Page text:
Amy C. McCormick

Amy C. McCormick
[Hi-Res Photo]
Professor of Law Emerita
Law College Building
648 N. Shaw Lane Rm 430B
East Lansing, MI 48824-1300
517-432-6904
Amy.McCormick@law.msu.edu

  • Biography

    A member of the Michigan, California, and District of Columbia Bars, Professor McCormick has practiced tax controversy and tax planning with Miller & Chevalier in Washington, D.C. While at Harvard Law School, she worked in the Volunteer Income Tax Assistance program as well as in the Poverty Law Clinic. She has published a variety of scholarly articles that have appeared in top-credentialed legal periodicals. Professor McCormick also regularly participates in scholastic symposia. Professor McCormick teaches Basic Income Taxation A and B, International Taxation, Estate and Gift Taxation, and Tax Policy.

  • Degrees

    J.D., cum laude, Harvard Law School, 1991; B.S.B.A., magna cum laude, Georgetown University 1988

  • Curriculum Vitae
  • Courses

    Basic Income Taxation A
    (Formerly DCL 249) A survey course introducing the basic concepts of federal income taxation. Students will gain an understanding of the concepts of gross income, exclusions from income, capital gains and losses, and deductions. Students will also be exposed to tax issues that often arise for clients in the general practice of law. Topics likely to be covered include tax consequences: upon the sale of a residence; upon divorce; and in personal injury cases. Students will develop facility in analyzing both cases and statutes.

    Basic Income Taxation B
    (Formerly DCL 250) Like Basic Income Taxation A, this course introduces the basic concepts of federal income taxation. Basic Income Taxation B, however, goes beyond a survey course by a rigorous examination of technical tax issues, including a focus on solving complex tax problems. This course is ideal for students interested in pursuing legal practice in the tax or business fields. Students will be exposed to the same topics covered in Basic Income Taxation A, but will also study additional topics. Topics likely to be covered include: business and profit-seeking expenditures, capital expenditures, depreciation, the home-office deduction, tax planning for divorce, non-recourse debt, including issues relating to basis and amount realized, and anti-tax abuse provisions limiting tax shelters, including at-risk rules and active participation requirements. In resolving problems, students will have ample opportunity to develop facility in interpreting complex statutes and in applying law from various additional sources. Moreover, the themes studied will allow students to understand that tax legislation is a dynamic process in which the law evolves as a result of taxpayers devising new strategies and from policymakers' responses.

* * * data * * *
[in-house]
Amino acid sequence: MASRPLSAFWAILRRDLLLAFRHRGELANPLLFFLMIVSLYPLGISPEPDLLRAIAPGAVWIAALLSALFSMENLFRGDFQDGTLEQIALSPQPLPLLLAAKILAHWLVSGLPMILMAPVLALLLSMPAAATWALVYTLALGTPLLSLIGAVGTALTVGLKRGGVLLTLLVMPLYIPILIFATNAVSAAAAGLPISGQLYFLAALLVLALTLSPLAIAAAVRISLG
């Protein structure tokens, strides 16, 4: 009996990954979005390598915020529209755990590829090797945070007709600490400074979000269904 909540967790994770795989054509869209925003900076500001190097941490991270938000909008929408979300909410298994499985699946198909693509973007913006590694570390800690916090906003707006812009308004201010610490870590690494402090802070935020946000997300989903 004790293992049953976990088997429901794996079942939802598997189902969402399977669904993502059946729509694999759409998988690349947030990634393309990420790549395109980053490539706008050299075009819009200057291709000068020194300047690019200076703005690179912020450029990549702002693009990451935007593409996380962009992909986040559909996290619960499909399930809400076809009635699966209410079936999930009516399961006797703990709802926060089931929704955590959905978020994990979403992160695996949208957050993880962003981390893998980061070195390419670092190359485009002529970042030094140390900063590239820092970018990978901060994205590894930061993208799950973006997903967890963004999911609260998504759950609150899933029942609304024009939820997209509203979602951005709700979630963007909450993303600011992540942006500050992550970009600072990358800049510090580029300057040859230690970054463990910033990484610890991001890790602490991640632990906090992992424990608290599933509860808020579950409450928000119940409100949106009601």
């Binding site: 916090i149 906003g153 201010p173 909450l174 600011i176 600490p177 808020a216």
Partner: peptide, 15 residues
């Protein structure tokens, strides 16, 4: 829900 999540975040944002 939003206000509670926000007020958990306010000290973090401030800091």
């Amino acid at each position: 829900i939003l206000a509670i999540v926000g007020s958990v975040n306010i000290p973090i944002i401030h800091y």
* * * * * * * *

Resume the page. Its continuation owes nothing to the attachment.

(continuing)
Estate and Gift Taxation
    (Formerly DCL 381) This course will examine a decedent's gross estate and the determination of appropriate deductions therefrom, including the marital deduction, as well as how the tax is computed. Issues regarding taxable gifts, deductions, exclusions and exemptions will be explored, as well as computation of gift tax.

    Tax Policy Seminar
    (Formerly DCl 517) This seminar covers a range of tax policy issues arising from Federal Taxation. The specific issues studied will vary but, in general, will focus on progressivity and redistribution. Topics likely to be covered include: the use of the income tax as a fiscal policy tool; the concept of income; imputed income; progressive versus flat tax rates; taxation of families; income versus consumption taxation; tax expenditures, exclusions, and deductions; taxation of business and investment income; capital gains and losses; and transfer or wealth taxes. A paper will be required. The topic will be determined after consultation with the instructor.

  • Bar Admission(s)

    Michigan (2000), District of Columbia (1992), California (1991)